I don’t know how Richard Rankin died, although the fact that he was only thirty-five and left no will indicates his death was probably sudden and unexpected. He was a sheriff, patroller, justice of the peace and tax collector, all public positions of trust and responsibility; he ran unsuccessfully for other county offices (coroner and high sheriff).[26] He had a hard time managing money in the course of performing his official duties, because the court had to haul him up short more than once.[27] Unfortunately, that was a harbinger of things to come.

Richard died up to his eyeballs in debt, although that wasn’t immediately apparent. Right after he died, Richard seemed to have been a reasonably well-to-do man. The estate administrator’s bond was either £1,000 or £2,000, neither of which was inconsequential.[28] The sale of his estate (excluding land) brought in £935.[29] The 1806 and 1807 Mecklenburg tax lists indicate that Richard’s estate owned 800 acres there.[30] The honorific “Esquire” with which he appeared in court records squares with the image of a prosperous and respected man.

Reality soon reared its ugly head in the form of lawsuits and  jugments against Richard’s estate. I quit taking notes on these suits, although there were many more, after the trend became painfully obvious.

October 1804, Andrew Alexander’s Administrator v. Richard Rankin’s Admr., verdict for plaintiffs, damages of £103.50.[31]

April 1805, William Blackwood’s Administrators v. Richard Rankin’s Admr., verdict for plaintiffs, damages of £38.18.1.[32]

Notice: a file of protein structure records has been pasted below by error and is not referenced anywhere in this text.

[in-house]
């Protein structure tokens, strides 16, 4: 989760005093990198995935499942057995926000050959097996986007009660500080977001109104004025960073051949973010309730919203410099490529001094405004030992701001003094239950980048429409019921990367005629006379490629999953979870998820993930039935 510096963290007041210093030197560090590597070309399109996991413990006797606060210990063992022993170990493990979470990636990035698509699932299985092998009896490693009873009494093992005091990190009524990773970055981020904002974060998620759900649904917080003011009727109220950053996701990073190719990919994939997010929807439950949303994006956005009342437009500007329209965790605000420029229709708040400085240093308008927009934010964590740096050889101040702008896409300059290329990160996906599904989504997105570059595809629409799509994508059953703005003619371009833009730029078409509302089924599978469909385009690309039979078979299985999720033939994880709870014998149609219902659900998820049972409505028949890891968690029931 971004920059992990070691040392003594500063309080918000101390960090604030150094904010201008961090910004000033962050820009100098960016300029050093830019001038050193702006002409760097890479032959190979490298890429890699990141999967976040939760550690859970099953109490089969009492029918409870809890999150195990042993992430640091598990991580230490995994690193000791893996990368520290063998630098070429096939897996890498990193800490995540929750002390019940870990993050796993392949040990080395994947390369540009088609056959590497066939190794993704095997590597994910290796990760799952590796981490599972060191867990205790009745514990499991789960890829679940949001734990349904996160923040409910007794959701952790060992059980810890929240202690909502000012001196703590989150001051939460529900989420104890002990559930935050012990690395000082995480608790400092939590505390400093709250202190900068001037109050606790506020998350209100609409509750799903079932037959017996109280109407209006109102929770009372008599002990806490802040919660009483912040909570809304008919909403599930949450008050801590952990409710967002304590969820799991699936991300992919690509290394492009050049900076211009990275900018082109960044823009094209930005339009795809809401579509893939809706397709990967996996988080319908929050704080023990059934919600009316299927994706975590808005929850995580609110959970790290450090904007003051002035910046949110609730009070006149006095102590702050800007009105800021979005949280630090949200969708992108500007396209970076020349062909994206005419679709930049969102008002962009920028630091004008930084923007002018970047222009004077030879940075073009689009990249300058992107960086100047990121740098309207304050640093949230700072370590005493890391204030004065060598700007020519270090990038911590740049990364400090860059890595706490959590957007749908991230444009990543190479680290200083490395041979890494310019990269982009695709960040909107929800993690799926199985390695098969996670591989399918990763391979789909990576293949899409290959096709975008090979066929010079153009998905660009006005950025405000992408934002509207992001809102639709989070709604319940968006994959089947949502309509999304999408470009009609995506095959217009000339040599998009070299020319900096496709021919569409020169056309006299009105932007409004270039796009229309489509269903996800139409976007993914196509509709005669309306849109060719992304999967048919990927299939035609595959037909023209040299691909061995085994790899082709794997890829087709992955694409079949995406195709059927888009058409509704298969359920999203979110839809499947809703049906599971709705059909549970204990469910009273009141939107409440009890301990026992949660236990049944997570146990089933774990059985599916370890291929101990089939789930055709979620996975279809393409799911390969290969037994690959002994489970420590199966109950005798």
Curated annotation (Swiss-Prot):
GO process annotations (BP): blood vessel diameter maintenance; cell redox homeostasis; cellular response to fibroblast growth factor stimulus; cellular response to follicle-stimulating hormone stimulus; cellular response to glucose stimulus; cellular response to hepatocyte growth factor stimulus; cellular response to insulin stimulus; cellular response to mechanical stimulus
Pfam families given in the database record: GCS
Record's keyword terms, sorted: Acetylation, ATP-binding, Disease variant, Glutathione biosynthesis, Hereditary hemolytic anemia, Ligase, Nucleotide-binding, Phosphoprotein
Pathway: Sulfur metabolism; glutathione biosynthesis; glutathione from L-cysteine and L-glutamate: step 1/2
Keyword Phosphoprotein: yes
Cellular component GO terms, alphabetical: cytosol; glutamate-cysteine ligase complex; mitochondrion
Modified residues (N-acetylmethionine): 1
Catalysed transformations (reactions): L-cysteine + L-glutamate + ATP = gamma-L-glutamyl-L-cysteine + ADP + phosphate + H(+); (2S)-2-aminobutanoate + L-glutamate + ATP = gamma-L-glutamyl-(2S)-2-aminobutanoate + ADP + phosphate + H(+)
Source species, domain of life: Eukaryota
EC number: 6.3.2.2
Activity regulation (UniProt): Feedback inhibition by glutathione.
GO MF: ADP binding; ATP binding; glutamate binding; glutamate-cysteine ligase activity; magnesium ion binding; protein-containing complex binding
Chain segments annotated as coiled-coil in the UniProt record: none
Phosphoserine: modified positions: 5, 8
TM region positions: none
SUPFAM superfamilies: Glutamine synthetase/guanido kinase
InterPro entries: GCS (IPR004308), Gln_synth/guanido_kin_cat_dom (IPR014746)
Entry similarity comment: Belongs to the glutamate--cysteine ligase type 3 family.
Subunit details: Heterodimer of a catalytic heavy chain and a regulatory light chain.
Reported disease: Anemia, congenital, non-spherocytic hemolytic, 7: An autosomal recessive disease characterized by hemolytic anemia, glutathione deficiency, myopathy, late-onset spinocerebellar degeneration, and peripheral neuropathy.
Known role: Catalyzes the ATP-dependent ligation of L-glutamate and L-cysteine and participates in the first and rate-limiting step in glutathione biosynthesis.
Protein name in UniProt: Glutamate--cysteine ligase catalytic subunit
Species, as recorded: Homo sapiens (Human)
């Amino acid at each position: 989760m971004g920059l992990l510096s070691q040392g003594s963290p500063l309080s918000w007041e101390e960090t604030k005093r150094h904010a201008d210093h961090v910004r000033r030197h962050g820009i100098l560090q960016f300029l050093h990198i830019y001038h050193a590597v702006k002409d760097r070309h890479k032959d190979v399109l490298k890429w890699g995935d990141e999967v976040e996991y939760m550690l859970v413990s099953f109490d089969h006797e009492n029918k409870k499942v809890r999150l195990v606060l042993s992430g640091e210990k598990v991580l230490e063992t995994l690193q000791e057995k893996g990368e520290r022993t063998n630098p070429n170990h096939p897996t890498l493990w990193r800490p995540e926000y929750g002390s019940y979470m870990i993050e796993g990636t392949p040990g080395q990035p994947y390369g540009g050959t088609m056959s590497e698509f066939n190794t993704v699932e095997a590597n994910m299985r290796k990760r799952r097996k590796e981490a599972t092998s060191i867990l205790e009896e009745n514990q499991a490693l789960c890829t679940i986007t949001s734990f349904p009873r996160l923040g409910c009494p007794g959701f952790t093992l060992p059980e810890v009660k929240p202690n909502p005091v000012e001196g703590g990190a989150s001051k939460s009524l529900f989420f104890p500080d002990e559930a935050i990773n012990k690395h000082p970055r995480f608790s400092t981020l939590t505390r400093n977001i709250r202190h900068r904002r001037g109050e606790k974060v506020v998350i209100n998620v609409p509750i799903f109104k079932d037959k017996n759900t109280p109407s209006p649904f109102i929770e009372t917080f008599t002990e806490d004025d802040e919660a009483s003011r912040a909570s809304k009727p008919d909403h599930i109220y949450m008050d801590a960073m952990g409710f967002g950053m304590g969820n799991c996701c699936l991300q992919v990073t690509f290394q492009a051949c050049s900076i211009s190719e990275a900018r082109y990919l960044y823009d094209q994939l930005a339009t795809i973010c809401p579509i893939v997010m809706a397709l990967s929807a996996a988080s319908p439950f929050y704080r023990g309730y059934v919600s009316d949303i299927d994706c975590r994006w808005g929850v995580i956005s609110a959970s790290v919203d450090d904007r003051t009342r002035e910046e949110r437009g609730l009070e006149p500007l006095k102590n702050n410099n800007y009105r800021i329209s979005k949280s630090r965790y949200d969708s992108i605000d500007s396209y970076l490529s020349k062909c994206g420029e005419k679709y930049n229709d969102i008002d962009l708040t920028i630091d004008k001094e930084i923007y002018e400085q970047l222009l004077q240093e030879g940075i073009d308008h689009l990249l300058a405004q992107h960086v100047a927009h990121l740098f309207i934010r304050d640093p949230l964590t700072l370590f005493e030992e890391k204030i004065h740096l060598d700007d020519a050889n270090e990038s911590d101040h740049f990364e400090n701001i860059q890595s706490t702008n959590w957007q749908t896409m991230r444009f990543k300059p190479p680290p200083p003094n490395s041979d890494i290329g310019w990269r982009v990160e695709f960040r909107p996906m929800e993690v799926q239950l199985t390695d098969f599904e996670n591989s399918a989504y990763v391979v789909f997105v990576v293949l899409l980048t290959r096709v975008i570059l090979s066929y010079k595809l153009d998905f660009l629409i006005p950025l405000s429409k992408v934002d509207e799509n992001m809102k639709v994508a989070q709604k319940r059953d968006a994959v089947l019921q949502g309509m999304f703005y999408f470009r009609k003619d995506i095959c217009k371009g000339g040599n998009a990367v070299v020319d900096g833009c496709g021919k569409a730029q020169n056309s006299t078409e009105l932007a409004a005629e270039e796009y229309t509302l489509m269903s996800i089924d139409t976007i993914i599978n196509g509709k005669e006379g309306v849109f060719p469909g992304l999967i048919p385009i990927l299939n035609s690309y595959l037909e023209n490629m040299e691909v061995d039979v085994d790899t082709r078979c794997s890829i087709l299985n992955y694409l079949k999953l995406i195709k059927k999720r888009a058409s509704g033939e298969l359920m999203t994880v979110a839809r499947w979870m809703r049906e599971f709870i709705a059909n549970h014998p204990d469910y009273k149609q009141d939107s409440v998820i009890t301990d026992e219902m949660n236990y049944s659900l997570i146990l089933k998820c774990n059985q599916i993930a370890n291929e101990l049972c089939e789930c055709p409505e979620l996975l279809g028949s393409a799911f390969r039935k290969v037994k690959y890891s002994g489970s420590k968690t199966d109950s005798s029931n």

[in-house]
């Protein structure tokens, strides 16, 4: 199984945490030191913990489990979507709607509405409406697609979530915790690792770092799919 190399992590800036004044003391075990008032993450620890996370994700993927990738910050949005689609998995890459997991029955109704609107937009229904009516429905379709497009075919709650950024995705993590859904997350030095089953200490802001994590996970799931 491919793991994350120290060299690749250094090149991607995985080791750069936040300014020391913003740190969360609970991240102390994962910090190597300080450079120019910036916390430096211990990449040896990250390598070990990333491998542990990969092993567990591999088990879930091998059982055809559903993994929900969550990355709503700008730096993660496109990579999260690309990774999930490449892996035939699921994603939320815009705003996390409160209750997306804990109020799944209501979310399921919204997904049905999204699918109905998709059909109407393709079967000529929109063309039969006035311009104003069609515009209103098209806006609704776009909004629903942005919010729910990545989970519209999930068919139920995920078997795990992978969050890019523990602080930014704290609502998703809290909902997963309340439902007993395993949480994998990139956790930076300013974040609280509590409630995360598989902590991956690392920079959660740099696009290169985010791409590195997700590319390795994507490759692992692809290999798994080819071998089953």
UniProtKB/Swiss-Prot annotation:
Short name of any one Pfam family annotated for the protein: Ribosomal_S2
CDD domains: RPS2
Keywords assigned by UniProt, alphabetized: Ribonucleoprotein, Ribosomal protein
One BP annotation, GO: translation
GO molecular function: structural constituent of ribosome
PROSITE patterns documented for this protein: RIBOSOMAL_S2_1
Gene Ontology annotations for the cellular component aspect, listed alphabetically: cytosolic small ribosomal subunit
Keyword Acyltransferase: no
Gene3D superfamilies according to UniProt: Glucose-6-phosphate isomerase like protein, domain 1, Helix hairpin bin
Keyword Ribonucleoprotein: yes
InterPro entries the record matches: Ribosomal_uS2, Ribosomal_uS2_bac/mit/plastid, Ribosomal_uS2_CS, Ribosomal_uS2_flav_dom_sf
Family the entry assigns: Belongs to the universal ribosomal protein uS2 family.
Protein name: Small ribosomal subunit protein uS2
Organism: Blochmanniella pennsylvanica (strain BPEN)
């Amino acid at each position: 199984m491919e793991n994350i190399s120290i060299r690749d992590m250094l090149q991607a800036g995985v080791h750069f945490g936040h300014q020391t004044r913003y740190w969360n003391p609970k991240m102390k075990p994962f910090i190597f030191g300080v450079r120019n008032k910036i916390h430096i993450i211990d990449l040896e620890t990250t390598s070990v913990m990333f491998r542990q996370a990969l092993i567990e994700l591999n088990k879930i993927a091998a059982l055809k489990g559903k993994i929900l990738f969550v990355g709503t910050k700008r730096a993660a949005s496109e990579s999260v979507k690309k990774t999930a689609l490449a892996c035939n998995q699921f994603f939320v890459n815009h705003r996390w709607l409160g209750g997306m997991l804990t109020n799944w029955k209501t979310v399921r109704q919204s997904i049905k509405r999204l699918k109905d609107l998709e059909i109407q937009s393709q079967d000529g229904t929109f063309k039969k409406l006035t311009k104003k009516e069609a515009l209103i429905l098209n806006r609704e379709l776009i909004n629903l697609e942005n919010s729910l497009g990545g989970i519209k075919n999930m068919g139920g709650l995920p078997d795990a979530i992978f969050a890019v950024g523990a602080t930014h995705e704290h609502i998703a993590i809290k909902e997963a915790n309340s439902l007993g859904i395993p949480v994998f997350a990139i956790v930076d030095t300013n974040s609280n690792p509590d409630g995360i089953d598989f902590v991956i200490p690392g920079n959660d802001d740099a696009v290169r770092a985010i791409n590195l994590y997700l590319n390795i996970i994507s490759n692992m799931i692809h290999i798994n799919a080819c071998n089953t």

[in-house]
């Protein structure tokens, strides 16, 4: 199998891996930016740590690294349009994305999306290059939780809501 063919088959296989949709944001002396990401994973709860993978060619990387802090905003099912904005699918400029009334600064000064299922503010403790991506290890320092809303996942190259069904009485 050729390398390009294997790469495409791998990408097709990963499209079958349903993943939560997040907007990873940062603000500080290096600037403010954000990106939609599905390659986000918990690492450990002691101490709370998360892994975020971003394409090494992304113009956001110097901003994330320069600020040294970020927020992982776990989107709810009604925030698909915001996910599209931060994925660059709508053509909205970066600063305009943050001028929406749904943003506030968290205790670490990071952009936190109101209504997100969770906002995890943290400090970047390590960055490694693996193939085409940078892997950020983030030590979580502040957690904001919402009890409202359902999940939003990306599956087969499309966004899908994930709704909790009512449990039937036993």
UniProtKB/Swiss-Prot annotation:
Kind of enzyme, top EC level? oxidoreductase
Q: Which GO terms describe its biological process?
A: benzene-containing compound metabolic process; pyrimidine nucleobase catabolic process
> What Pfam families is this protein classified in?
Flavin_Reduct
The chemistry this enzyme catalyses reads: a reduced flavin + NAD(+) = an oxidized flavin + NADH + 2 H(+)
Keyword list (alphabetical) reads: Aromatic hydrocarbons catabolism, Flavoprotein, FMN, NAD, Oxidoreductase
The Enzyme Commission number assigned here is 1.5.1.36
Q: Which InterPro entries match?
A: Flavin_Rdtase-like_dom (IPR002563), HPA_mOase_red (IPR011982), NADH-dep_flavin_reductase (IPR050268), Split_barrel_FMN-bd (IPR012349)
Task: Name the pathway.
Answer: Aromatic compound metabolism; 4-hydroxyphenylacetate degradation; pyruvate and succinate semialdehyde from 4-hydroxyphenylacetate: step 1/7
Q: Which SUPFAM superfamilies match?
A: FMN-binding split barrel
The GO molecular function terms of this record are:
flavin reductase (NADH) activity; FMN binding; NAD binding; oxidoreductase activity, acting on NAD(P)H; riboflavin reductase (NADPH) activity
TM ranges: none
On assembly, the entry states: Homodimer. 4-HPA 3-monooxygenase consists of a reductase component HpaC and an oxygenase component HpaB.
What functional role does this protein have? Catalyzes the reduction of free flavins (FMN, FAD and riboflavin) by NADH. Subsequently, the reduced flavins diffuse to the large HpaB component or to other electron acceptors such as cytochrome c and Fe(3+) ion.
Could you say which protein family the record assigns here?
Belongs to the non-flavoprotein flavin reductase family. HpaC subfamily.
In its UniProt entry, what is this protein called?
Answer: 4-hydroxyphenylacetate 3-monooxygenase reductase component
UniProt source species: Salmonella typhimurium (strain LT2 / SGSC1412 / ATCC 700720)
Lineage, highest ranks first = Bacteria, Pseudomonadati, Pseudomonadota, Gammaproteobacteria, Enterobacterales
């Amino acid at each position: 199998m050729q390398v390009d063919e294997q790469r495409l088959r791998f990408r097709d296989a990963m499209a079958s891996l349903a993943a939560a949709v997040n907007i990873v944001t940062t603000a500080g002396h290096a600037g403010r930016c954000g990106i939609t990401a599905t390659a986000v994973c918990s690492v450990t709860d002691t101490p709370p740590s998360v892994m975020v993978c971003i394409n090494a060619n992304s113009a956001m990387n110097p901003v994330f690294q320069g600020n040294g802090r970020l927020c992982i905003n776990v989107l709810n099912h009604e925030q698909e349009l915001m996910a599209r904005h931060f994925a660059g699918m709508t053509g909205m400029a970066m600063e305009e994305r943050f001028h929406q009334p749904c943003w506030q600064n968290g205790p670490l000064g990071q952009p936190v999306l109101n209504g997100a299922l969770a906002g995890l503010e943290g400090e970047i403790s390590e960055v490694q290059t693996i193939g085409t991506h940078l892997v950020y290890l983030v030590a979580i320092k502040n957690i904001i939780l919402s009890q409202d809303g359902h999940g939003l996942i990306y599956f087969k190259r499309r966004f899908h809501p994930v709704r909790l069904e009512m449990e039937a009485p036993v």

April 1805, Robert Lowther v. Richard Rankin’s Admrs., verdict for Plaintiff, damages of £34.18.9.[33]

January 1806, Trustee Etc. v. Richard Rankin’s Admrs., verdict for Plaintiffs, damages of £18.9.0.[34]

October 1807, Richard Kerr v. Richard Rankin’s Admrs., judgment for Plaintiff for £7.15.9.[35]

Here is the most depressing court record of them all. Creditors finally had to go after Richard’s land because the estate had no more liquid assets with which to discharge judgments:

Oct 1807, John Little v. Richard Rankin’s Admrs, judgment and execution levied on land for £16, administrator pleads no assets. Ordered that the clerk issue scire facias against Samuel Rankin, guardian of the heirs, to show cause.[36]

The minute book abstract is silent regarding the purpose of the show cause hearing. In context, it is clear that Sam Jr. was to show cause, if any, why Richard’s land should not be sold to pay the judgment creditor. Sam Jr. made no such showing, because the Mecklenburg real property records contain a sheriff’s deed dated October 1807 reciting as follows:

“[B]y execution against the lands of Richard Rankin, dec’d … being divided by the administrator and Samuel Rankin off a tract of 500 acres held by Richard Rankin … [the tract sold] containing 200 acres including the old house, spring, meadow and bottom on both sides Long Creek.”[37]

Wherever Susy and her children were living, it was clearly not in the “old house.” Some of Richard’s land remained after this sale, but I did not attempt to track its inevitable and dreary disposition.

It eventually dawned on me that I was mucking about exclusively in the records of Mecklenburg County looking for evidence of Susy’s family. However, Claude Allen Rankin’s biography said that Sam “reached manhood” in Lincoln County, not Mecklenburg. I belatedly went to the Lincoln records looking for evidence regarding Susy’s whereabouts after Richard died.

Lo and behold: Susy was living in Lincoln County by at least 1808, when she was a defendant there in a lawsuit.[38] I did not find her listed as a head of household in the 1810 census, although she was alive until at least 1812.[39] The family was undoubtedly still residing in Lincoln County in October 1812, when the Lincoln court ordered that “Samuel Rankin, about thirteen years old, an orphan son of Richard Rankin, dec’d be bound to John Rhine until he arrive to the age of 21 years to learn the art and mistery [sic] of a tanner.”[40]